The Instituto Cultural Helénico is a major cultural center, performance space, and educational center. On the grounds, in addition to the institute itself, are the Centro Cultural Helénico and the Teatro Helénico, with the main marquee facing the Avenida Revolución. It’s among the most important stages in the area.
The institute dates from 1973 when it founded by Greek Orthodox Bishop Pablo de Ballester. He intended the institute to meet the cultural and educational needs of the population. Today, the institute offers undergraduate and graduate degrees in Art and Art History, Mexican History, Humanism and Museum Studies. City Residents know the Hellenic Center far more for the concerts, theater performances, exhibitions, and lectures. It’s a continual hive of activity.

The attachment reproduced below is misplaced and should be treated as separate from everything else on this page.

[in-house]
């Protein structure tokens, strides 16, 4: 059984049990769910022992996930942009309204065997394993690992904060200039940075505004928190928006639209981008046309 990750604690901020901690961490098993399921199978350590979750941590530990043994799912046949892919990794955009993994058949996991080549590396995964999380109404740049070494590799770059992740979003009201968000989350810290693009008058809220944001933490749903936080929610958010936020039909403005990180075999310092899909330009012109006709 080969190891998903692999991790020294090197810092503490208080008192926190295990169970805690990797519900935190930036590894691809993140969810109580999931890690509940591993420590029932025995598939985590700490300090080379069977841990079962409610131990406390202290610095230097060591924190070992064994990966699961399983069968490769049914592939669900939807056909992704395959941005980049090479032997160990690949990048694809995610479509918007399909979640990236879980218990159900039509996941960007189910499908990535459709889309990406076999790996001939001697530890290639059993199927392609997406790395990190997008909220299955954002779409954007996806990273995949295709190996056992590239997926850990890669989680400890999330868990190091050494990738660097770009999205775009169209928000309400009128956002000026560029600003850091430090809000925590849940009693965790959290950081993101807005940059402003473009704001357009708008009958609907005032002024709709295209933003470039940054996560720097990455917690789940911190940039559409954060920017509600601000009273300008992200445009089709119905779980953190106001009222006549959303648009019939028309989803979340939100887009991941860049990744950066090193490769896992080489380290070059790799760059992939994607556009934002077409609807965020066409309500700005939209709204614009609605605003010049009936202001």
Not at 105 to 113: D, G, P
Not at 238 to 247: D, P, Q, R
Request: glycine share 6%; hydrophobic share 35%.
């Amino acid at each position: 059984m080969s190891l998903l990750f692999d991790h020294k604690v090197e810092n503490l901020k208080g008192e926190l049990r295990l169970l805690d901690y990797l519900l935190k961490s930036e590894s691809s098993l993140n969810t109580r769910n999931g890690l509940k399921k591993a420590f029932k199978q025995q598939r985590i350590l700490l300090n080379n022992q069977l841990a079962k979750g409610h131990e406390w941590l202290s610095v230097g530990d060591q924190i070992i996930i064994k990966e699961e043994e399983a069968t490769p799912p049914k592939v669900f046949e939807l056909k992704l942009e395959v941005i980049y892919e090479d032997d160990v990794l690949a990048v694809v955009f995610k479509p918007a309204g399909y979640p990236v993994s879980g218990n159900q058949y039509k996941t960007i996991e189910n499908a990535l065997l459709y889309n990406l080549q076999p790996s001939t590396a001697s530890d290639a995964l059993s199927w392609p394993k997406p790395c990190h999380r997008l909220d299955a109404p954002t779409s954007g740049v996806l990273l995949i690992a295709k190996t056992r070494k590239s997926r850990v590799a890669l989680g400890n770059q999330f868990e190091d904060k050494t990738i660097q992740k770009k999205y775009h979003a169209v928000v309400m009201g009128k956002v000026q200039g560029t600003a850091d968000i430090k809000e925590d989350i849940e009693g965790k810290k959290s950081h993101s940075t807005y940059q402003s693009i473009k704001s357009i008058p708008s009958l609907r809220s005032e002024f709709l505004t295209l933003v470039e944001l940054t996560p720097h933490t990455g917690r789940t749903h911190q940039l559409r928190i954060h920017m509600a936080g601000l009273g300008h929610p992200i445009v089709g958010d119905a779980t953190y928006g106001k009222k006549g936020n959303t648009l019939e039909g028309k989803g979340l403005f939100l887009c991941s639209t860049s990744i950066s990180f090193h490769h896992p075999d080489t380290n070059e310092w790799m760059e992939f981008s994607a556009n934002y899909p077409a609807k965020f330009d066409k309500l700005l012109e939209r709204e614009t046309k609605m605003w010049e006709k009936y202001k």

The complex dates from the mid-20th century when businessman and collector Nicolás González Jáuregui purchased the 14th-century Gothic Chapel and 12th-century Romanesque Cloister from a warehouse in New York. The crated works had been earlier purchased by William Randolph Hearst who had the building dismantled and shipped from Spain. Later, a 16th-century coffered ceiling from Andalusia was combined with a 17th-century Baroque door frame from Guanajuato. In 1954, all these pieces were shipped to Mexico City.
The ensemble was then re-assembled by architect Luis Ortiz Macedo to become González Jáuregui’s home. His vast collections of stained glass, bronze, and works by Murillo and Giovanni Bellini needed a proper setting.
But in 1973, the González Jáuregui-Rivas family fell on hard times. By 1979, the government donated the entire former estate to the Hellenic Cultural Institute. Since then, it has grown into one of the City’s most important and influential cultural organizations. The theater space was added during the 1990s, and today, it’s accompanied by a bookstore and café.
Hours: Monday through Friday, 9 a.m. to 7 p.m.